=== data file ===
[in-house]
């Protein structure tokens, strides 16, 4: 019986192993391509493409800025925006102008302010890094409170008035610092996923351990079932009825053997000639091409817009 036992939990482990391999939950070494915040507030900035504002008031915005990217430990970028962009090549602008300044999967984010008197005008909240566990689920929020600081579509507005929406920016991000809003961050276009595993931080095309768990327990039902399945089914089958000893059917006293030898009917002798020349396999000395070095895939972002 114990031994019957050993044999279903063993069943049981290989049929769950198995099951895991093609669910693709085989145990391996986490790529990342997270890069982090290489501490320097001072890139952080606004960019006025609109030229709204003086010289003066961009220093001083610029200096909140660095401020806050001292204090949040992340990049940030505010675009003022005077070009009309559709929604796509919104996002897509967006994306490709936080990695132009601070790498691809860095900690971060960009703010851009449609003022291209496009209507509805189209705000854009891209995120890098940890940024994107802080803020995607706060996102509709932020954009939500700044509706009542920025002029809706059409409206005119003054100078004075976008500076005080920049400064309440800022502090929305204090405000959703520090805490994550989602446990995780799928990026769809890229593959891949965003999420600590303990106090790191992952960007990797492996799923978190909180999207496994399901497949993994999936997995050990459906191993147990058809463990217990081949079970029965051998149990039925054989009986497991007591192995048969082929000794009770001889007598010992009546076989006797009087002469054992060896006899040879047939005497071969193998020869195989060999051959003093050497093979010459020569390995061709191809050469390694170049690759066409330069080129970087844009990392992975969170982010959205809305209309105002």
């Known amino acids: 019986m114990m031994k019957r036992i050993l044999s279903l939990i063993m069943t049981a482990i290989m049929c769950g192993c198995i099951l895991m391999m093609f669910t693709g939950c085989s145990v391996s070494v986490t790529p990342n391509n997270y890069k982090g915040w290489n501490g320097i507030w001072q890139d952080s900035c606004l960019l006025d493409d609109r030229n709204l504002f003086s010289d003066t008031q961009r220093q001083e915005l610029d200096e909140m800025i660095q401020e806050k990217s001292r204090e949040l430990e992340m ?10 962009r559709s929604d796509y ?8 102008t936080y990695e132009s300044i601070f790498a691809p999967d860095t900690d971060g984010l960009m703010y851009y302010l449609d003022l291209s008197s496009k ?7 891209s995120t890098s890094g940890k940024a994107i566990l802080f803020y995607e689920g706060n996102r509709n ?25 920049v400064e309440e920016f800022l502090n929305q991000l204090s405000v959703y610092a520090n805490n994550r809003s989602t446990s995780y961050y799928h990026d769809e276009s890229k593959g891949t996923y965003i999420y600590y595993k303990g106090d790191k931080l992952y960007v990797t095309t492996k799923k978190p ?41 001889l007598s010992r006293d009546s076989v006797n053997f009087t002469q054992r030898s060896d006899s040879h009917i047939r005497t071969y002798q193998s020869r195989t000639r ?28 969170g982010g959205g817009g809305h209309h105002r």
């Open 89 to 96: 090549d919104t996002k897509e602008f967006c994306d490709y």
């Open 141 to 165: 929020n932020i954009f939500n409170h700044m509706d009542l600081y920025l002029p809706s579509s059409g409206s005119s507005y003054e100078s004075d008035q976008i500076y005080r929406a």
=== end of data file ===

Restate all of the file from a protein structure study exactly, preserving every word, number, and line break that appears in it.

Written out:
[in-house]
């Protein structure tokens, strides 16, 4: 019986192993391509493409800025925006102008302010890094409170008035610092996923351990079932009825053997000639091409817009 036992939990482990391999939950070494915040507030900035504002008031915005990217430990970028962009090549602008300044999967984010008197005008909240566990689920929020600081579509507005929406920016991000809003961050276009595993931080095309768990327990039902399945089914089958000893059917006293030898009917002798020349396999000395070095895939972002 114990031994019957050993044999279903063993069943049981290989049929769950198995099951895991093609669910693709085989145990391996986490790529990342997270890069982090290489501490320097001072890139952080606004960019006025609109030229709204003086010289003066961009220093001083610029200096909140660095401020806050001292204090949040992340990049940030505010675009003022005077070009009309559709929604796509919104996002897509967006994306490709936080990695132009601070790498691809860095900690971060960009703010851009449609003022291209496009209507509805189209705000854009891209995120890098940890940024994107802080803020995607706060996102509709932020954009939500700044509706009542920025002029809706059409409206005119003054100078004075976008500076005080920049400064309440800022502090929305204090405000959703520090805490994550989602446990995780799928990026769809890229593959891949965003999420600590303990106090790191992952960007990797492996799923978190909180999207496994399901497949993994999936997995050990459906191993147990058809463990217990081949079970029965051998149990039925054989009986497991007591192995048969082929000794009770001889007598010992009546076989006797009087002469054992060896006899040879047939005497071969193998020869195989060999051959003093050497093979010459020569390995061709191809050469390694170049690759066409330069080129970087844009990392992975969170982010959205809305209309105002």
């Known amino acids: 019986m114990m031994k019957r036992i050993l044999s279903l939990i063993m069943t049981a482990i290989m049929c769950g192993c198995i099951l895991m391999m093609f669910t693709g939950c085989s145990v391996s070494v986490t790529p990342n391509n997270y890069k982090g915040w290489n501490g320097i507030w001072q890139d952080s900035c606004l960019l006025d493409d609109r030229n709204l504002f003086s010289d003066t008031q961009r220093q001083e915005l610029d200096e909140m800025i660095q401020e806050k990217s001292r204090e949040l430990e992340m ?10 962009r559709s929604d796509y ?8 102008t936080y990695e132009s300044i601070f790498a691809p999967d860095t900690d971060g984010l960009m703010y851009y302010l449609d003022l291209s008197s496009k ?7 891209s995120t890098s890094g940890k940024a994107i566990l802080f803020y995607e689920g706060n996102r509709n ?25 920049v400064e309440e920016f800022l502090n929305q991000l204090s405000v959703y610092a520090n805490n994550r809003s989602t446990s995780y961050y799928h990026d769809e276009s890229k593959g891949t996923y965003i999420y600590y595993k303990g106090d790191k931080l992952y960007v990797t095309t492996k799923k978190p ?41 001889l007598s010992r006293d009546s076989v006797n053997f009087t002469q054992r030898s060896d006899s040879h009917i047939r005497t071969y002798q193998s020869r195989t000639r ?28 969170g982010g959205g817009g809305h209309h105002r």
């Open 89 to 96: 090549d919104t996002k897509e602008f967006c994306d490709y």
């Open 141 to 165: 929020n932020i954009f939500n409170h700044m509706d009542l600081y920025l002029p809706s579509s059409g409206s005119s507005y003054e100078s004075d008035q976008i500076y005080r929406a």